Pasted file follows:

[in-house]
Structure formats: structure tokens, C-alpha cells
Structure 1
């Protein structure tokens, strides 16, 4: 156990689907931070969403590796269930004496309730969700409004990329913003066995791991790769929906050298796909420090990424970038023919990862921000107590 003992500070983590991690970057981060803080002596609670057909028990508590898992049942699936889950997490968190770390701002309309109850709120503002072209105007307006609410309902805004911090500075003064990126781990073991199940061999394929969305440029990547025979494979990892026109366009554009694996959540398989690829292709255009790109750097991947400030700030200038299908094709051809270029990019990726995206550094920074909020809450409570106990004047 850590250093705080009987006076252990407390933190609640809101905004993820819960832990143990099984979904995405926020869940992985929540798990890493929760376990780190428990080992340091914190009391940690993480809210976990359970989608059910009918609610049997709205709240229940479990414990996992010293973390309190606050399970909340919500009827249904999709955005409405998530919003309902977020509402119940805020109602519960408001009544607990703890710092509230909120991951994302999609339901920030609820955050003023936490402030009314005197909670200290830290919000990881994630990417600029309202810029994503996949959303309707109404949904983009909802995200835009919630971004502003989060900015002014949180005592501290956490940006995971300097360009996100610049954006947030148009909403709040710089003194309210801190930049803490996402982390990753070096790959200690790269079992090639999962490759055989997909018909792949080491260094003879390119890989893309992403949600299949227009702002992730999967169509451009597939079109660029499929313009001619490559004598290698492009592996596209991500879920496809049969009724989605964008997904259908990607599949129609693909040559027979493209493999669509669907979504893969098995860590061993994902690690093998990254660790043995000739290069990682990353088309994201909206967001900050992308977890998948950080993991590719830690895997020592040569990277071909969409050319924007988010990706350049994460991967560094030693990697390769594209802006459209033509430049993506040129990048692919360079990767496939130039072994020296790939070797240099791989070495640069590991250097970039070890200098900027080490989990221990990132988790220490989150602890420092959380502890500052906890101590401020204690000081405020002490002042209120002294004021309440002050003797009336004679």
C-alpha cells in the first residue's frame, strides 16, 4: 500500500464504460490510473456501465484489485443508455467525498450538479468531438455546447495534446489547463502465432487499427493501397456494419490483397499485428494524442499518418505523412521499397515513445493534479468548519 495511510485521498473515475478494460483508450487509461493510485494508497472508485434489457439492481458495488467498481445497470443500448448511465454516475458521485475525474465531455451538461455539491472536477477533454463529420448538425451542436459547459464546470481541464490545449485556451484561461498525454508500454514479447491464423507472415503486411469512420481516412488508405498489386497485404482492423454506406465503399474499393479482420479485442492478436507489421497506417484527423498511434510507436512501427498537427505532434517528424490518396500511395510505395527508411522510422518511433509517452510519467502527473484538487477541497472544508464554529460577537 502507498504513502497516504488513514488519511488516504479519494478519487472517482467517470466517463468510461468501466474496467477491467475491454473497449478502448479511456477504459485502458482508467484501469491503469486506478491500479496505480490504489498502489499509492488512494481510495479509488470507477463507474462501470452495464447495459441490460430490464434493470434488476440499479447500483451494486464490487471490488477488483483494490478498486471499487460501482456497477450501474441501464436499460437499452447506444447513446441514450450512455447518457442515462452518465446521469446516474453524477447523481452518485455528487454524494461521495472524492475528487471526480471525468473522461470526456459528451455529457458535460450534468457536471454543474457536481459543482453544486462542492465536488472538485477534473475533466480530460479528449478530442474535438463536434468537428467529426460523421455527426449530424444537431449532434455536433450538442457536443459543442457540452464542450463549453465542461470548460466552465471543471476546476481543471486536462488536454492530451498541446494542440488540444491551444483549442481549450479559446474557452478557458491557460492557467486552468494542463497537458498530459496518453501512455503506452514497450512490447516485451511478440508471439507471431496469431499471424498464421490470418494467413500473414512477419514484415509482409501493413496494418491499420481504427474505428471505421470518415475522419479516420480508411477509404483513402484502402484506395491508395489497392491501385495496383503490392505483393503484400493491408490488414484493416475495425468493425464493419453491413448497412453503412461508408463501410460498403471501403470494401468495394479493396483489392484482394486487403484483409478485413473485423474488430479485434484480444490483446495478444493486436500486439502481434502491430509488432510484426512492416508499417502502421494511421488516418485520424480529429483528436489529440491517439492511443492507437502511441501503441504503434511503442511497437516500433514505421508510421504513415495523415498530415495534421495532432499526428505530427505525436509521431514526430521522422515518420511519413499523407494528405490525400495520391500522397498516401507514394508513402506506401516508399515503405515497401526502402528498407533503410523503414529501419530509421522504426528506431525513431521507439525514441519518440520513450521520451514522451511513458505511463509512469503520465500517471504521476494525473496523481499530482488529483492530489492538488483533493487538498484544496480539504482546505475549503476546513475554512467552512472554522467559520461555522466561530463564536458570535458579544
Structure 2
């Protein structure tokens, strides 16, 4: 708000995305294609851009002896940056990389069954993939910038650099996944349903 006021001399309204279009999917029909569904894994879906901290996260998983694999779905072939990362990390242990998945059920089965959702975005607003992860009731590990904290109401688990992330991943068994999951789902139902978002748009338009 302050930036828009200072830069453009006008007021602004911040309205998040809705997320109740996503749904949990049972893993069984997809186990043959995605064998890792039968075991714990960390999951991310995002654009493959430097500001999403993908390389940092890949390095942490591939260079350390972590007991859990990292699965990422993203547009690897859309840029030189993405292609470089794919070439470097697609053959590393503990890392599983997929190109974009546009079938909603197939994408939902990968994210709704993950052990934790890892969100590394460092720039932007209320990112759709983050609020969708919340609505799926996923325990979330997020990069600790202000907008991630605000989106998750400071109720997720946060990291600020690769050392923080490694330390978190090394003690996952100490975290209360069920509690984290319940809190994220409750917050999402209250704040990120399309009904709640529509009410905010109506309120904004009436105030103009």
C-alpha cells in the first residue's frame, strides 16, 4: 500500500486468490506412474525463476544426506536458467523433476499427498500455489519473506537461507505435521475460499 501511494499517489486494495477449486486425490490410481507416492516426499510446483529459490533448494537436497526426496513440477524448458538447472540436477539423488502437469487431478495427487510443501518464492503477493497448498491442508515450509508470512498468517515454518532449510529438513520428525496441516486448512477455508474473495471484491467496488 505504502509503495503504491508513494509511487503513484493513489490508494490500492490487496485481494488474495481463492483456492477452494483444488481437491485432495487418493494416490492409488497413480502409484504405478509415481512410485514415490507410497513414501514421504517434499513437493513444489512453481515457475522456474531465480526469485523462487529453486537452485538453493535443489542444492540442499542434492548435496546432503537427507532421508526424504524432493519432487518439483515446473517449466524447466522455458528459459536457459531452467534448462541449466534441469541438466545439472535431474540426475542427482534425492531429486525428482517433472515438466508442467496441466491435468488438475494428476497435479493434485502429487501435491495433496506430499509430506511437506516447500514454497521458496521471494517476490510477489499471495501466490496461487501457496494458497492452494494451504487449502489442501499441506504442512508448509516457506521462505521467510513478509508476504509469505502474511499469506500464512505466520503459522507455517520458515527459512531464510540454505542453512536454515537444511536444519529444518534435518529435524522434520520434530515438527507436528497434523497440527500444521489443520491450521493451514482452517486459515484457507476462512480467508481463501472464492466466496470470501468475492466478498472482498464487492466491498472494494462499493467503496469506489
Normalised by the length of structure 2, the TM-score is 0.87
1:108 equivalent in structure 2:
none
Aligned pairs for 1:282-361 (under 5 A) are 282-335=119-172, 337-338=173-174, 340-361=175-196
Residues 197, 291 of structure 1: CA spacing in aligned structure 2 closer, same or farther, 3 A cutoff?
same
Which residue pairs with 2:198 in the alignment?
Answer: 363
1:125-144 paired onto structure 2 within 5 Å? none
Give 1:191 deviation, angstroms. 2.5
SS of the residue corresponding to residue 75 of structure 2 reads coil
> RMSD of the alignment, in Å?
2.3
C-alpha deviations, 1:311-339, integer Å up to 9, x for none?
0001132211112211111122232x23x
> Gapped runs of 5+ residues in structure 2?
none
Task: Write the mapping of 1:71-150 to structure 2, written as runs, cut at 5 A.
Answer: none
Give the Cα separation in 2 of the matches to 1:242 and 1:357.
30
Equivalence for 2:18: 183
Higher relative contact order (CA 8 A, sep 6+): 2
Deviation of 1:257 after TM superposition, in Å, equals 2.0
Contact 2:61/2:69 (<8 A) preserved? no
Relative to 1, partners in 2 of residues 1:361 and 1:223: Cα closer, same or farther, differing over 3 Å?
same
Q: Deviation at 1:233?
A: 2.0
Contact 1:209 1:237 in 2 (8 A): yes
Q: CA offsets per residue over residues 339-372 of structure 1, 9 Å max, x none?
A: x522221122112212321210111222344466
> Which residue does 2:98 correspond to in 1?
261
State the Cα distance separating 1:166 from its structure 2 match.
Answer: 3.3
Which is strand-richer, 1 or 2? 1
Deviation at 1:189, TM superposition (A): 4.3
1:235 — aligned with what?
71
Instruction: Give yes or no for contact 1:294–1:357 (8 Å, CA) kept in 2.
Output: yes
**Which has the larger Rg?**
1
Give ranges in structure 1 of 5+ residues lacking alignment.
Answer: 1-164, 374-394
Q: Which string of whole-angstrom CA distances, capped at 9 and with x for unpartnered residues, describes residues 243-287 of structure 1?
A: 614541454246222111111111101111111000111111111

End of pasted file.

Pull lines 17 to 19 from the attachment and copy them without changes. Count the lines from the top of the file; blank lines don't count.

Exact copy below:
1:125-144 paired onto structure 2 within 5 Å? none
Give 1:191 deviation, angstroms. 2.5
SS of the residue corresponding to residue 75 of structure 2 reads coil